Sunday, August 30, 2015

Story Elements and Theme

We are departmentalized beginning in fourth grade, so each of us teaches our own homeroom reading - except in the beginning of the year. Because I am the fourth grade language arts teacher, I cover the summer reading in this class, and when we're done, the other homeroom teacher will take over for her kiddos. So, today I wanted to share what we've covered the first two weeks of school.

I had my incoming fourth graders read Because of Winn-Dixie by Kate DiCamillo as one of their required books over the summer. I don't require specific books or even genres throughout the year, but by having everyone read the same book, this allows me to teach story elements easily because we can use the events and characters of one book that everyone already knows.

We began by discussing characters in the story. My kiddos named the characters and gave descriptions which included both internal and external traits.

After discussing the characters in the story, we defined internal vs external conflict. We then went through each character and gave examples of each type of conflict for our main characters.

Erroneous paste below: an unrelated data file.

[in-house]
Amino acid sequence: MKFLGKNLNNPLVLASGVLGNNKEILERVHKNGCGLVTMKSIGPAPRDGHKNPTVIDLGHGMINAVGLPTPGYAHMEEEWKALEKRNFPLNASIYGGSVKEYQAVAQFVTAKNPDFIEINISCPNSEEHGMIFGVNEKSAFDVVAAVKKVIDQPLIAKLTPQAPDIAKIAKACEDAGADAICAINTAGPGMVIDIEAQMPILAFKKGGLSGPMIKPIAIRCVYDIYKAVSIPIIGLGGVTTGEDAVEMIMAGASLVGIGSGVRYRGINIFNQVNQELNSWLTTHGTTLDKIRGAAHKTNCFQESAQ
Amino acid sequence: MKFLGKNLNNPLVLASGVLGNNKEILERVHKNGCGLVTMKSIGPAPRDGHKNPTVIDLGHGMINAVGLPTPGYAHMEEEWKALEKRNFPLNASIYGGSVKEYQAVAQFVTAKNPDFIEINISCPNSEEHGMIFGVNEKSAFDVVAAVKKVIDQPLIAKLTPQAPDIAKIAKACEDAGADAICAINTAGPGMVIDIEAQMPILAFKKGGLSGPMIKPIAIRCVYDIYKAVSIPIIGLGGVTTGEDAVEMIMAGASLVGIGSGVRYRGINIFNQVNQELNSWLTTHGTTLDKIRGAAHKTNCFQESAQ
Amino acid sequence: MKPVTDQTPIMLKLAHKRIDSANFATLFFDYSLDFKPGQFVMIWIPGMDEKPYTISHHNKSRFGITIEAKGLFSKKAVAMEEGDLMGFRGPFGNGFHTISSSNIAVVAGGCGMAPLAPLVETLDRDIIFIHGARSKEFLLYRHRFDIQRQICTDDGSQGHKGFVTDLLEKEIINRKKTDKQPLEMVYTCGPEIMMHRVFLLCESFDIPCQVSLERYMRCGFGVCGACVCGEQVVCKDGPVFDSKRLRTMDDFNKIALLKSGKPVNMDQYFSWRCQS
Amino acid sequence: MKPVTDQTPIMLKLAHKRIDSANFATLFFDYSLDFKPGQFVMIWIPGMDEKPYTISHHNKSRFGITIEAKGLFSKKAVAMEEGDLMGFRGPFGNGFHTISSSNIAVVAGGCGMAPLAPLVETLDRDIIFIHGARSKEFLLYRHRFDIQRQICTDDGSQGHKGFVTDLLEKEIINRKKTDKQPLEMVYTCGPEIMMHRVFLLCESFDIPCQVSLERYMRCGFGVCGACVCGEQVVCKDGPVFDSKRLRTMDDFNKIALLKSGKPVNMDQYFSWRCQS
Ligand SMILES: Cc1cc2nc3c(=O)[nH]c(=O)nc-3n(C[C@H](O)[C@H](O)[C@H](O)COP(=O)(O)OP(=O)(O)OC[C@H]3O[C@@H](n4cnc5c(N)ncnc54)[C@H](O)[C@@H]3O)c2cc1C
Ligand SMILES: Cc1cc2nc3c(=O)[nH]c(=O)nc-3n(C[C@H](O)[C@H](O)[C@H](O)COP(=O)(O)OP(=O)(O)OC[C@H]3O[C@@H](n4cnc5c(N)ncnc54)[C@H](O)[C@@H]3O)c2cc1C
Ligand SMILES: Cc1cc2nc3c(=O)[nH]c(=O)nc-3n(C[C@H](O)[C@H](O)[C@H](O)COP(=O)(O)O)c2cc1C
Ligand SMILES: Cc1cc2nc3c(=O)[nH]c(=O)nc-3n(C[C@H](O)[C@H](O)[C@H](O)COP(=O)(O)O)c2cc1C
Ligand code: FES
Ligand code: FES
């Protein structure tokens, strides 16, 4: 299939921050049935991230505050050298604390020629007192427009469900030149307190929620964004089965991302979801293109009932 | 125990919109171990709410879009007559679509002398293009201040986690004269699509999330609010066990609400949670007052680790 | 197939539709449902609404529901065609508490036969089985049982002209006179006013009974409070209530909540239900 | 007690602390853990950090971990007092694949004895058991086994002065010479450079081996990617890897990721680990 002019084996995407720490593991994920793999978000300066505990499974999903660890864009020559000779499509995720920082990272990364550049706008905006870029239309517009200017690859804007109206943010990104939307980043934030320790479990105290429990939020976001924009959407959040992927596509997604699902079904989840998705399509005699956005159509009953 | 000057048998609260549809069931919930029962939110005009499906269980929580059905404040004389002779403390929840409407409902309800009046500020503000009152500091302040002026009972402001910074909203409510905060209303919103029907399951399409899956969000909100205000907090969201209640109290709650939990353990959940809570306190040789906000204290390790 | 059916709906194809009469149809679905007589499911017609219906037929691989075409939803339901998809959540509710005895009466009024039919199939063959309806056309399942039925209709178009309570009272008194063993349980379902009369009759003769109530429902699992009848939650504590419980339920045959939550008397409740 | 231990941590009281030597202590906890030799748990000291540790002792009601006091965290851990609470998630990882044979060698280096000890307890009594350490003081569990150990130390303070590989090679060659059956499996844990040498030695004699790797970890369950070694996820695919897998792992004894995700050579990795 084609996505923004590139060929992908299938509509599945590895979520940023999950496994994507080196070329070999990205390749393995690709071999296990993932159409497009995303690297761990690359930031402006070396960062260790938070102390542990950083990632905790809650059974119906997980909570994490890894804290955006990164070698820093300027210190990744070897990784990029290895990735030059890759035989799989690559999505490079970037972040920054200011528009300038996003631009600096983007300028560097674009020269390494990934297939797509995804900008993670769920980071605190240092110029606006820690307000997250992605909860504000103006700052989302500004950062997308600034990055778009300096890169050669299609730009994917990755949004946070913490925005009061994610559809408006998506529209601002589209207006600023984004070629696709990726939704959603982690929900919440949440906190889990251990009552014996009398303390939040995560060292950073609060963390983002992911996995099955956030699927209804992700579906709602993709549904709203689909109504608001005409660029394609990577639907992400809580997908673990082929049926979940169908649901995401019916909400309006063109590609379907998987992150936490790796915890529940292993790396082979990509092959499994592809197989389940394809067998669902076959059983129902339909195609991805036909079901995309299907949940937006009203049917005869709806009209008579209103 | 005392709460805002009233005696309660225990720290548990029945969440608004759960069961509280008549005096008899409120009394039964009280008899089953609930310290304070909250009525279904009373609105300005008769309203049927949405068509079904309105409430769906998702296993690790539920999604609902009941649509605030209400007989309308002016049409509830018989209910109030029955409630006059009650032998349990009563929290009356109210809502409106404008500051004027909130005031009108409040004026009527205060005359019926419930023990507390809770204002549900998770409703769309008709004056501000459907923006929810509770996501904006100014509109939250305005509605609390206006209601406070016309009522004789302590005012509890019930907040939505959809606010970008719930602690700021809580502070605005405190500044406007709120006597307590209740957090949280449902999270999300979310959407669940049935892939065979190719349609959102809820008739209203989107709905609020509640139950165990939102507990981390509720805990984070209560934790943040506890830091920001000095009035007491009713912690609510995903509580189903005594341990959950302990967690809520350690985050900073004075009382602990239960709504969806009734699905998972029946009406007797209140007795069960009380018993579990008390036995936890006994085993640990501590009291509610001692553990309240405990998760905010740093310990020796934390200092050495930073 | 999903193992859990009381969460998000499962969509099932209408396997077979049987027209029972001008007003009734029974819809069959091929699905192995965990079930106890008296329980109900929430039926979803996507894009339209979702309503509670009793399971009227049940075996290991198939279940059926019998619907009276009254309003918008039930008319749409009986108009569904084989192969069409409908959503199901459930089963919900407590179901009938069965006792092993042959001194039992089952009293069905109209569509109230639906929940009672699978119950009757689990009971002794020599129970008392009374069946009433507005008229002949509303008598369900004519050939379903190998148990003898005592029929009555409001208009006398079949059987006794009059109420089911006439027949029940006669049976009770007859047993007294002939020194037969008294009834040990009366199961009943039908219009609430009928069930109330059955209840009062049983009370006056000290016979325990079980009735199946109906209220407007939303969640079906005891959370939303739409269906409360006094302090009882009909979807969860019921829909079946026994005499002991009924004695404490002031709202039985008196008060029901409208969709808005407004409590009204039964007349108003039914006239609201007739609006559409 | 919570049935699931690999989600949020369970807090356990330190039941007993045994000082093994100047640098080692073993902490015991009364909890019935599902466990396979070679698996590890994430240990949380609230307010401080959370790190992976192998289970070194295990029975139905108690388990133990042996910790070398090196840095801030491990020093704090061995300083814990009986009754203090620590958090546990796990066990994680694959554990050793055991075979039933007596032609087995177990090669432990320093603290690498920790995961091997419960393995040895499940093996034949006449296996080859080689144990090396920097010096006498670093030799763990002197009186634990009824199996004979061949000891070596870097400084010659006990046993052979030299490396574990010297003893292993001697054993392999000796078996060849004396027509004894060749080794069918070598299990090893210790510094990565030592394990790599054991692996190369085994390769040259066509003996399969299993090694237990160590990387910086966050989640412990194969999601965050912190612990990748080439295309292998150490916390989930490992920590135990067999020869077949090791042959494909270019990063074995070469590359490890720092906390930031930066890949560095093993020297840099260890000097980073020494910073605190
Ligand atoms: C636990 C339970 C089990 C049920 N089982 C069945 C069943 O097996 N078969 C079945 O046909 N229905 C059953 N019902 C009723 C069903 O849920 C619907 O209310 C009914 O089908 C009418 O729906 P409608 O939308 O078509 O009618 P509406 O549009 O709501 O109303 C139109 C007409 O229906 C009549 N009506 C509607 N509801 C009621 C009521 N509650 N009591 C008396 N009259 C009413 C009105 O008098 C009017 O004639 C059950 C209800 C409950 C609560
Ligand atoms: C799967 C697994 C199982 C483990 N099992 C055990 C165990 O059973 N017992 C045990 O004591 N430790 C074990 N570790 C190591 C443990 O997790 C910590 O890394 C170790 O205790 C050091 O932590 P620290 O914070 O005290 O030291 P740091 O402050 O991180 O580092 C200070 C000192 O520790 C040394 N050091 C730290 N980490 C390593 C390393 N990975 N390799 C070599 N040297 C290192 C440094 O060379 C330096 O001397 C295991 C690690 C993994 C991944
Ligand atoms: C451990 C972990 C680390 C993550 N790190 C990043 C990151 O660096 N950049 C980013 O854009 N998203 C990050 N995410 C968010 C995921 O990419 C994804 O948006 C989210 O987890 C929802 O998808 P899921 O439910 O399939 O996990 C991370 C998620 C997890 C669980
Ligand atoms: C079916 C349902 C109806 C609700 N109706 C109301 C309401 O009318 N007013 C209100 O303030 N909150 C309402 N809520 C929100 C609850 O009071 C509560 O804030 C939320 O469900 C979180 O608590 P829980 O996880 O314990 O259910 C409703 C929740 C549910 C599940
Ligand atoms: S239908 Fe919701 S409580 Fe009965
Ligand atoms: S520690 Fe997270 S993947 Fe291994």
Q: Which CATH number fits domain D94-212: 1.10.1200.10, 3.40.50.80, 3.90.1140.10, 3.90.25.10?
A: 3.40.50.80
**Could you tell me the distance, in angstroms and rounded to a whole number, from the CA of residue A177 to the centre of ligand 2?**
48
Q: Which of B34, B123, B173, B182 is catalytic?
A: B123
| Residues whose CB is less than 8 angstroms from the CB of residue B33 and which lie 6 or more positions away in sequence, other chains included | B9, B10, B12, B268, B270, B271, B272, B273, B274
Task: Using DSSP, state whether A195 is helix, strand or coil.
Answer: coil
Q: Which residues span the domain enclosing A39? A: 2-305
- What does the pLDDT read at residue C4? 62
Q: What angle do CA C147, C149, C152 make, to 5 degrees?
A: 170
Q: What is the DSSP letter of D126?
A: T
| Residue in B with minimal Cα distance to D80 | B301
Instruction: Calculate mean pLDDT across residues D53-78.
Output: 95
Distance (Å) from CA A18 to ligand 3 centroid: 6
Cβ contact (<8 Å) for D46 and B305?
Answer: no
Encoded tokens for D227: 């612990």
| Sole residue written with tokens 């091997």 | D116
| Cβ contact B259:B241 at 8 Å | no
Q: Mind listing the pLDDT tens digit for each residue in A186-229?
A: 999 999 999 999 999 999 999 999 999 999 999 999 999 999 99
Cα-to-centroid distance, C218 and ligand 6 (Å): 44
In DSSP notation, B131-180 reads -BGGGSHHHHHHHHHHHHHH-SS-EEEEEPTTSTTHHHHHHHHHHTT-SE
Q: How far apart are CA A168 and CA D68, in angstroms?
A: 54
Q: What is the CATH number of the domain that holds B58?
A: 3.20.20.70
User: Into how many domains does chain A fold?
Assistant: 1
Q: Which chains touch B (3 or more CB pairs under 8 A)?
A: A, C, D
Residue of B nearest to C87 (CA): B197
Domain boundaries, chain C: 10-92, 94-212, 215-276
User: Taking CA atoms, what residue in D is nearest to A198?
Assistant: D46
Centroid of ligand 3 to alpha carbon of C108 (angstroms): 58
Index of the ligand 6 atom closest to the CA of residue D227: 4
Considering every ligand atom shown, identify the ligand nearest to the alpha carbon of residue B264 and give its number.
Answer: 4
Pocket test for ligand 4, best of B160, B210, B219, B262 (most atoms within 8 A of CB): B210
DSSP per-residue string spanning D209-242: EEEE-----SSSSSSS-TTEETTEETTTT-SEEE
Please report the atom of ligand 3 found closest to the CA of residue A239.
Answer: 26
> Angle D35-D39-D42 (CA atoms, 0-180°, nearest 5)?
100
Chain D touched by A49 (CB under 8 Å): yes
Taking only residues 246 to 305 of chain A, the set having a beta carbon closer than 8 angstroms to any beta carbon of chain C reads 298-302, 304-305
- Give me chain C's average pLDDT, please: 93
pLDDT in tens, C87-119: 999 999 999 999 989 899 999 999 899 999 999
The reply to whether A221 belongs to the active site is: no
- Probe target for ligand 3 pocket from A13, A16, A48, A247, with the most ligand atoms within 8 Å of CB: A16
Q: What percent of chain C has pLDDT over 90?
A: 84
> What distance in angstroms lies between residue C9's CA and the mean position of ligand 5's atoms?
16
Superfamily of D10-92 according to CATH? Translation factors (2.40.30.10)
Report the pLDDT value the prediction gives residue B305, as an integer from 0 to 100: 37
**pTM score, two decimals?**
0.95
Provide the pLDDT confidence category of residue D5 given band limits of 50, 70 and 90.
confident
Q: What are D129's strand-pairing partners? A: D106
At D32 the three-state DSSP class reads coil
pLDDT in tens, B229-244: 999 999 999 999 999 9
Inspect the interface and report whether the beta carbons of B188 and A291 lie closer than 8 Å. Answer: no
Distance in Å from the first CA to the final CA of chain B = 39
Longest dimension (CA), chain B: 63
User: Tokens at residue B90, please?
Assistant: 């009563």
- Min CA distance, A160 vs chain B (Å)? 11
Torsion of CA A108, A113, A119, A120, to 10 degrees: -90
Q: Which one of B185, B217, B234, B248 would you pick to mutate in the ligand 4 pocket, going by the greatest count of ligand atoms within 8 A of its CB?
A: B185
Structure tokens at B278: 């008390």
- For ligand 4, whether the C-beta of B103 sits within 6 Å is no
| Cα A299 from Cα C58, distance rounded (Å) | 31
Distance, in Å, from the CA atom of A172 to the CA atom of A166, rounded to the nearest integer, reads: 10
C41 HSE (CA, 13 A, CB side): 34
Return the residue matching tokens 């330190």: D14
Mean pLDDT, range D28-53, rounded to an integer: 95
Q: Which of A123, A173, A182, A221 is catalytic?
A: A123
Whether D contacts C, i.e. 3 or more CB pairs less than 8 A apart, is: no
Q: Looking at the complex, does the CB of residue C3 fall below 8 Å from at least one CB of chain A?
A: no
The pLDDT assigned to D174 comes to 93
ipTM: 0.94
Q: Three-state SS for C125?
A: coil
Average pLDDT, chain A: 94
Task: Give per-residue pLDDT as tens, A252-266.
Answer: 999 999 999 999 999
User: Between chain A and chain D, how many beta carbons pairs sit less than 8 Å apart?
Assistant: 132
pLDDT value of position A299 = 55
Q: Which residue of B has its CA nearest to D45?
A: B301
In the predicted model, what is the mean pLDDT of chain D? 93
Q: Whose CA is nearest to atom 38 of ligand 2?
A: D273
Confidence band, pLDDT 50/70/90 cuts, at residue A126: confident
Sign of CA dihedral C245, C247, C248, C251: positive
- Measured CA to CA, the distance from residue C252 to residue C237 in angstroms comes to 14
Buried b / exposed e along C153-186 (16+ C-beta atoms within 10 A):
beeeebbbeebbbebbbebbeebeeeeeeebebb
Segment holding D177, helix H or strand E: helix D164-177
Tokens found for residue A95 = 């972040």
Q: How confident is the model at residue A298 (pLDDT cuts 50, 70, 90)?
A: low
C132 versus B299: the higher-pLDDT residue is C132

We discussed setting, defined it and then the kiddos gave their ideas of setting from the story.

From there we focused on plot - looking at the events that take place in the story and creating a plot diagram. This was new for them and they really caught on quickly.

Following the plot discussion, we focused topics the author develops in the story. A few that the students came up with were loneliness, friendship, family and love.

During our second week of school, we defined and discussed what a theme is in a story and how the students can use events in the story to show support for these themes in the story. I wanted the students to move from a general topic they think is in the story to develop the idea into a theme. We focused on the topic of friendship.

My read aloud for the second week was You and Me by Susan Verde.  After reading the book, the students took the topic of friendship and generated a theme statement: You can find friendship in unexpected places and at unexpected times.

We then discussed what it means to have a friend, how do you make friends, how do you keep friends, and what makes a good friend. Finally, students created "Friend Wanted" ads where they stated reasons to support the statement: I make a good friend because...

Here are a few:

How do you teach your students about topics and theme in reading?

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